Development Debacle, Conflicts of Interest and Fixing the System | Hits & Misses | Salt Lake City | Salt Lake City Weekly
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Development Debacle, Conflicts of Interest and Fixing the System 

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Development Debacle
Surprise! Sugar House is about to grow in a large Fort Union-ish way. While residents are happy that the parking sea once fronting Shopko will be relocated, they are less than thrilled about the urban boxes being planned. Former Salt Lake Councilman Soren Simonsen railed the design on Facebook, calling it "suburban" and not keeping with residents' desires. An architect in the comments called for a development of "tight roads, pedestrian-friendly and oriented around small shops and restaurants. Two-stories maximum." Instead, the plan has three buildings—two commercial and one residential—and a large parking structure. If you're looking for low-income housing, look elsewhere.

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Conflicts of Interest
Speaking of development, The Salt Lake Tribune and the Utah Investigative Journalism Project offered another story about legislators and conflicts of interest. Duh. House Majority Leader Brad Wilson and Senate Majority Whip Stuart Adams both have financial interests tied to the 20-mile long West Davis Corridor in northern Utah. How lucrative those interests will be is debatable. But Utah is asking the wrong questions when it comes to conflicts. The state has long deemed them unavoidable and meaningless, and the general public seems to agree. What needs to happen is a change of focus. Voters need to elect people of larger vision. Utahns for Better Transportation look at population growth and see boulevards, bikes and pedestrians. Adams and Wilson see cars on highways surrounded by transit developments. Their narrow perspectives will never change. Their constituents need to realize that.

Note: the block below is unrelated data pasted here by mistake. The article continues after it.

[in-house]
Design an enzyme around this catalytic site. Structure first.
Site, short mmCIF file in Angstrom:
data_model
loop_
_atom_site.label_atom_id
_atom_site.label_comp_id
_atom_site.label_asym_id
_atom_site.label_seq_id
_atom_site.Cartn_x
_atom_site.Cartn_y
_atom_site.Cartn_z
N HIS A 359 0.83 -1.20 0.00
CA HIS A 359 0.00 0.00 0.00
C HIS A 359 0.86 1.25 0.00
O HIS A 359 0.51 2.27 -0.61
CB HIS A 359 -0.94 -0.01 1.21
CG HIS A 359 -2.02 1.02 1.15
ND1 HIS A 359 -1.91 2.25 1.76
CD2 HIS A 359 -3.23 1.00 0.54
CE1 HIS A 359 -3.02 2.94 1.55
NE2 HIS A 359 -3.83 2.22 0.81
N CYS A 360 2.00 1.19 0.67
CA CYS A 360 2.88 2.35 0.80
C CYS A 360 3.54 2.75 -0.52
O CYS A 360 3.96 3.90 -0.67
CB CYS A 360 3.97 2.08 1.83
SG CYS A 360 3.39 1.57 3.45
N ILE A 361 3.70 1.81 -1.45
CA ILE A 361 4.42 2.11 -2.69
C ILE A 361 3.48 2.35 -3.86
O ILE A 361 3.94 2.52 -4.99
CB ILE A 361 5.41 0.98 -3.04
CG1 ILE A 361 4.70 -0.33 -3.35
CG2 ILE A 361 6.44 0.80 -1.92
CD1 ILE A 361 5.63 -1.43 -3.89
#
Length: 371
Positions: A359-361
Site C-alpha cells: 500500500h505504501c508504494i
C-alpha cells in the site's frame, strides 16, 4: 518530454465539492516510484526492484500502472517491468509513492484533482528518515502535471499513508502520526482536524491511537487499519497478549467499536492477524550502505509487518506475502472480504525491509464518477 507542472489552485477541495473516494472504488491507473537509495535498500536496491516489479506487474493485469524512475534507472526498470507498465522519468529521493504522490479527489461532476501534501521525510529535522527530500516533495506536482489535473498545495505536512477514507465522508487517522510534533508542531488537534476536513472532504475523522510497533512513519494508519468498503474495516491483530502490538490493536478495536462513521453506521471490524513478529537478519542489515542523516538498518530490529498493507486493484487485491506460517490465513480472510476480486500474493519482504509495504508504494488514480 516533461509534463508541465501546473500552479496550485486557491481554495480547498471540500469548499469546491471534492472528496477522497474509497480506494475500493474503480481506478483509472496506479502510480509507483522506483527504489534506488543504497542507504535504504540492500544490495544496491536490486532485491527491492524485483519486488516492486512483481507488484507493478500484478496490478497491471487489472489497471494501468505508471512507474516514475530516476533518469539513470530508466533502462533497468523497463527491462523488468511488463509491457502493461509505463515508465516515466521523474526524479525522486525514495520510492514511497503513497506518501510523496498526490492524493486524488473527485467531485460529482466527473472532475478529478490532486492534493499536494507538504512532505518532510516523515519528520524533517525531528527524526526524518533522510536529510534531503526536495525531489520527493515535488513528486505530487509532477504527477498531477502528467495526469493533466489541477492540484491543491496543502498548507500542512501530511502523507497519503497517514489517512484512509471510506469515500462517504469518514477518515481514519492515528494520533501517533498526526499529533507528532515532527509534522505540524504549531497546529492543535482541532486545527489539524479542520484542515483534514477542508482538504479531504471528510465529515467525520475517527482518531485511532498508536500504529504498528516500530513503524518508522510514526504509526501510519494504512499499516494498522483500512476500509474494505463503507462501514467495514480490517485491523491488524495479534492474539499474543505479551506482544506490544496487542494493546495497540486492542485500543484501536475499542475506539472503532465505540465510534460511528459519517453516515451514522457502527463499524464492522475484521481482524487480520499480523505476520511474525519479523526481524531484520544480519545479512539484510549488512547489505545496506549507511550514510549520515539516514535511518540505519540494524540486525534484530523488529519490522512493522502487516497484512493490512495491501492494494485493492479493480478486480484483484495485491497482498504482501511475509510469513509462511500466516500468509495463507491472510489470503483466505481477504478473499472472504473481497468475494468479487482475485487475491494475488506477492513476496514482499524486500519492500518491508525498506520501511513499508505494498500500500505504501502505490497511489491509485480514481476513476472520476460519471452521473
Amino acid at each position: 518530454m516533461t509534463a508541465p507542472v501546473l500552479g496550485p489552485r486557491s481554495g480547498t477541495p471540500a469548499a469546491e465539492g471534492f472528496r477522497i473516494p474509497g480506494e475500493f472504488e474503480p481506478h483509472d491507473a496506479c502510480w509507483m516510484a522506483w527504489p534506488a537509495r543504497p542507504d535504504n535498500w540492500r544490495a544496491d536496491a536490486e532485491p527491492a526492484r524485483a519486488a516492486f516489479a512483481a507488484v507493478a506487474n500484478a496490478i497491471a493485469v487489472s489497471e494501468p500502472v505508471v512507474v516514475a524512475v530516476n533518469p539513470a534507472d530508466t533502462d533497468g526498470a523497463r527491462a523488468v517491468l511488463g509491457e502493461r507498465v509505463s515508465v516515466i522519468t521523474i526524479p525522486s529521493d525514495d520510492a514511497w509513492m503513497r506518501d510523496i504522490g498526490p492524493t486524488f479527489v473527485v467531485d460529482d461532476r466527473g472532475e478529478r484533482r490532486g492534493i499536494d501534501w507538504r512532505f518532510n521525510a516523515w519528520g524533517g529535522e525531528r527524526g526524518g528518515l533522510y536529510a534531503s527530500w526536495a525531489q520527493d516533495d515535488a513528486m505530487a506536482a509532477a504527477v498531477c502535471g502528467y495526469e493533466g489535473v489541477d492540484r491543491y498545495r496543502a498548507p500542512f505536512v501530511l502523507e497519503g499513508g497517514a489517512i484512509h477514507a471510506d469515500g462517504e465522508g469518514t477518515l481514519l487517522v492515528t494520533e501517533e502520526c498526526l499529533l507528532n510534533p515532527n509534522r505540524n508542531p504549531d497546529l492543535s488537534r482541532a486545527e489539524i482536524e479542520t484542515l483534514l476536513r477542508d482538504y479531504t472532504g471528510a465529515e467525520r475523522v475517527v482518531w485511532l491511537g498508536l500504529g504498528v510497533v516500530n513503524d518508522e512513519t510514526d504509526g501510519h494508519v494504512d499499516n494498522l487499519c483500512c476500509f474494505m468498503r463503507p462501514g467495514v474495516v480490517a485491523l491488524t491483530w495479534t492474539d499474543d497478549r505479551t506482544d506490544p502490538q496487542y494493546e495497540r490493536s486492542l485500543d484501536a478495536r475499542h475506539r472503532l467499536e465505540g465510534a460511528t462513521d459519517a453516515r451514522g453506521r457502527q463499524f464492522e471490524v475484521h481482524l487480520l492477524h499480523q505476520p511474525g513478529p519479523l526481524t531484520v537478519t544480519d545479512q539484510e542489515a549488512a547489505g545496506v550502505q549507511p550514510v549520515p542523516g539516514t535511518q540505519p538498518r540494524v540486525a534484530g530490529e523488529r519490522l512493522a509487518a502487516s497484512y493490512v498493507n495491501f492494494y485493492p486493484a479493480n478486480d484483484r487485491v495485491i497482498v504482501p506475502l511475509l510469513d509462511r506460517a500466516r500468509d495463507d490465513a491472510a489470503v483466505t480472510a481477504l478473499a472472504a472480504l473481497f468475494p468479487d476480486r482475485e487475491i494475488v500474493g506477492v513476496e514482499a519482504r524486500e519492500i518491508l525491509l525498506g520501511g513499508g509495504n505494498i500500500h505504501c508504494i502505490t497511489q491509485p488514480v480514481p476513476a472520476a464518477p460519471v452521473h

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Fixing the System
One of the stated reasons for building a new prison was to create new solutions to a growing problem, and that's where the Justice Reinvestment Initiative came in. But while the goals were to increase public safety, reduce recidivism and the prison population, the initiative didn't specifically focus on solitary confinement and its psychological effects. Now, according to The Salt Lake Tribune, prison officials are looking for alternatives to a system that resulted in one of the nation's highest rates of suicides. For 13 years until 2013, Utah had the highest number in the U.S., and is only slightly below that now. Solitary confinement was the most significant factor. Officials are looking at more mental evaluations and less restrictive policies, and the Standard-Examiner reports that lawmakers are examining jail policies, too. Imprisonment should not unintentionally carry a death sentence.

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About The Author

Katharine Biele

Katharine Biele

Bio:
A City Weekly contributor since 1992, Biele is the informed voice behind our Hits & Misses and Citizen Revolt columns. When not writing, you can catch her working to empower voters and defend democracy alongside the League of Women Voters.

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